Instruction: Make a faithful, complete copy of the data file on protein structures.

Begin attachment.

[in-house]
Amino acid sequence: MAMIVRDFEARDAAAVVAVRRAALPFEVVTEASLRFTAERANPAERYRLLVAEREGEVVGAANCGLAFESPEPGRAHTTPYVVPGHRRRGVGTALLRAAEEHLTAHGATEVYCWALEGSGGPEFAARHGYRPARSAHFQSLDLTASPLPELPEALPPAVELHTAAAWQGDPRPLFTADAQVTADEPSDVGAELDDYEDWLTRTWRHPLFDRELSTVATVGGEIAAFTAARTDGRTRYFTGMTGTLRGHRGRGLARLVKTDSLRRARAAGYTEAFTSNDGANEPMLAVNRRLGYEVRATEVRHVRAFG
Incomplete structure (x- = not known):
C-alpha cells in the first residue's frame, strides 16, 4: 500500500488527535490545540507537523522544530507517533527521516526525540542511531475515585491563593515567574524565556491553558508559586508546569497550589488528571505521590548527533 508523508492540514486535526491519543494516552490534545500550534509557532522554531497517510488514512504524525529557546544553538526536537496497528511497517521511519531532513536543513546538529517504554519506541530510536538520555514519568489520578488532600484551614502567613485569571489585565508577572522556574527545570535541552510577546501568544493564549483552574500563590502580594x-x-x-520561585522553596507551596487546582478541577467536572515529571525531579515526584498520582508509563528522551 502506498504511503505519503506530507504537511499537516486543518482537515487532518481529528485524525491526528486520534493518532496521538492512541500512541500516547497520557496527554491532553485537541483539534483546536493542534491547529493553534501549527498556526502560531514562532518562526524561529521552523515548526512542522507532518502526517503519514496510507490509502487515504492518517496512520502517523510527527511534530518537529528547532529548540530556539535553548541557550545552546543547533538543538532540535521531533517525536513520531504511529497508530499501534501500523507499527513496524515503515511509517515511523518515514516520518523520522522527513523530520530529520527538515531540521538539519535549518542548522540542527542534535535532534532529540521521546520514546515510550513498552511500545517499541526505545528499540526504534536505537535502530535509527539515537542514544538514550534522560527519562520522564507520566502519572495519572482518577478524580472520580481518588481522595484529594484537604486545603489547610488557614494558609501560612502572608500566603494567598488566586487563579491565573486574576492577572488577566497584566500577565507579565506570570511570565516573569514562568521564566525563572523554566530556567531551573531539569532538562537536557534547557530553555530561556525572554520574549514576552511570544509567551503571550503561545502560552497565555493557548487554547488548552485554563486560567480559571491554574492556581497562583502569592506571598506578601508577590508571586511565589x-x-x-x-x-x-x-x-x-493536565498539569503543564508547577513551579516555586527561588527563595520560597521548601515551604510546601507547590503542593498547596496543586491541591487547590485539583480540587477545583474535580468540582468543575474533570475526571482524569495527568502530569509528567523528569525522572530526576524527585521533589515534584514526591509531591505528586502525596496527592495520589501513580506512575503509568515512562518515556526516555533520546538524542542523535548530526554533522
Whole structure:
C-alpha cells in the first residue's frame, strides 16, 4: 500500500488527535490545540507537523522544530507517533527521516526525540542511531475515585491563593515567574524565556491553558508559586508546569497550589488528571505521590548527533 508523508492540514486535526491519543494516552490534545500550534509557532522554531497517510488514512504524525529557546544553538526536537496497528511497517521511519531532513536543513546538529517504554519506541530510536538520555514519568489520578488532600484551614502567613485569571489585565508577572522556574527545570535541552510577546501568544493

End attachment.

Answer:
[in-house]
Amino acid sequence: MAMIVRDFEARDAAAVVAVRRAALPFEVVTEASLRFTAERANPAERYRLLVAEREGEVVGAANCGLAFESPEPGRAHTTPYVVPGHRRRGVGTALLRAAEEHLTAHGATEVYCWALEGSGGPEFAARHGYRPARSAHFQSLDLTASPLPELPEALPPAVELHTAAAWQGDPRPLFTADAQVTADEPSDVGAELDDYEDWLTRTWRHPLFDRELSTVATVGGEIAAFTAARTDGRTRYFTGMTGTLRGHRGRGLARLVKTDSLRRARAAGYTEAFTSNDGANEPMLAVNRRLGYEVRATEVRHVRAFG
Incomplete structure (x- = not known):
C-alpha cells in the first residue's frame, strides 16, 4: 500500500488527535490545540507537523522544530507517533527521516526525540542511531475515585491563593515567574524565556491553558508559586508546569497550589488528571505521590548527533 508523508492540514486535526491519543494516552490534545500550534509557532522554531497517510488514512504524525529557546544553538526536537496497528511497517521511519531532513536543513546538529517504554519506541530510536538520555514519568489520578488532600484551614502567613485569571489585565508577572522556574527545570535541552510577546501568544493564549483552574500563590502580594x-x-x-520561585522553596507551596487546582478541577467536572515529571525531579515526584498520582508509563528522551 502506498504511503505519503506530507504537511499537516486543518482537515487532518481529528485524525491526528486520534493518532496521538492512541500512541500516547497520557496527554491532553485537541483539534483546536493542534491547529493553534501549527498556526502560531514562532518562526524561529521552523515548526512542522507532518502526517503519514496510507490509502487515504492518517496512520502517523510527527511534530518537529528547532529548540530556539535553548541557550545552546543547533538543538532540535521531533517525536513520531504511529497508530499501534501500523507499527513496524515503515511509517515511523518515514516520518523520522522527513523530520530529520527538515531540521538539519535549518542548522540542527542534535535532534532529540521521546520514546515510550513498552511500545517499541526505545528499540526504534536505537535502530535509527539515537542514544538514550534522560527519562520522564507520566502519572495519572482518577478524580472520580481518588481522595484529594484537604486545603489547610488557614494558609501560612502572608500566603494567598488566586487563579491565573486574576492577572488577566497584566500577565507579565506570570511570565516573569514562568521564566525563572523554566530556567531551573531539569532538562537536557534547557530553555530561556525572554520574549514576552511570544509567551503571550503561545502560552497565555493557548487554547488548552485554563486560567480559571491554574492556581497562583502569592506571598506578601508577590508571586511565589x-x-x-x-x-x-x-x-x-493536565498539569503543564508547577513551579516555586527561588527563595520560597521548601515551604510546601507547590503542593498547596496543586491541591487547590485539583480540587477545583474535580468540582468543575474533570475526571482524569495527568502530569509528567523528569525522572530526576524527585521533589515534584514526591509531591505528586502525596496527592495520589501513580506512575503509568515512562518515556526516555533520546538524542542523535548530526554533522
Whole structure:
C-alpha cells in the first residue's frame, strides 16, 4: 500500500488527535490545540507537523522544530507517533527521516526525540542511531475515585491563593515567574524565556491553558508559586508546569497550589488528571505521590548527533 508523508492540514486535526491519543494516552490534545500550534509557532522554531497517510488514512504524525529557546544553538526536537496497528511497517521511519531532513536543513546538529517504554519506541530510536538520555514519568489520578488532600484551614502567613485569571489585565508577572522556574527545570535541552510577546501568544493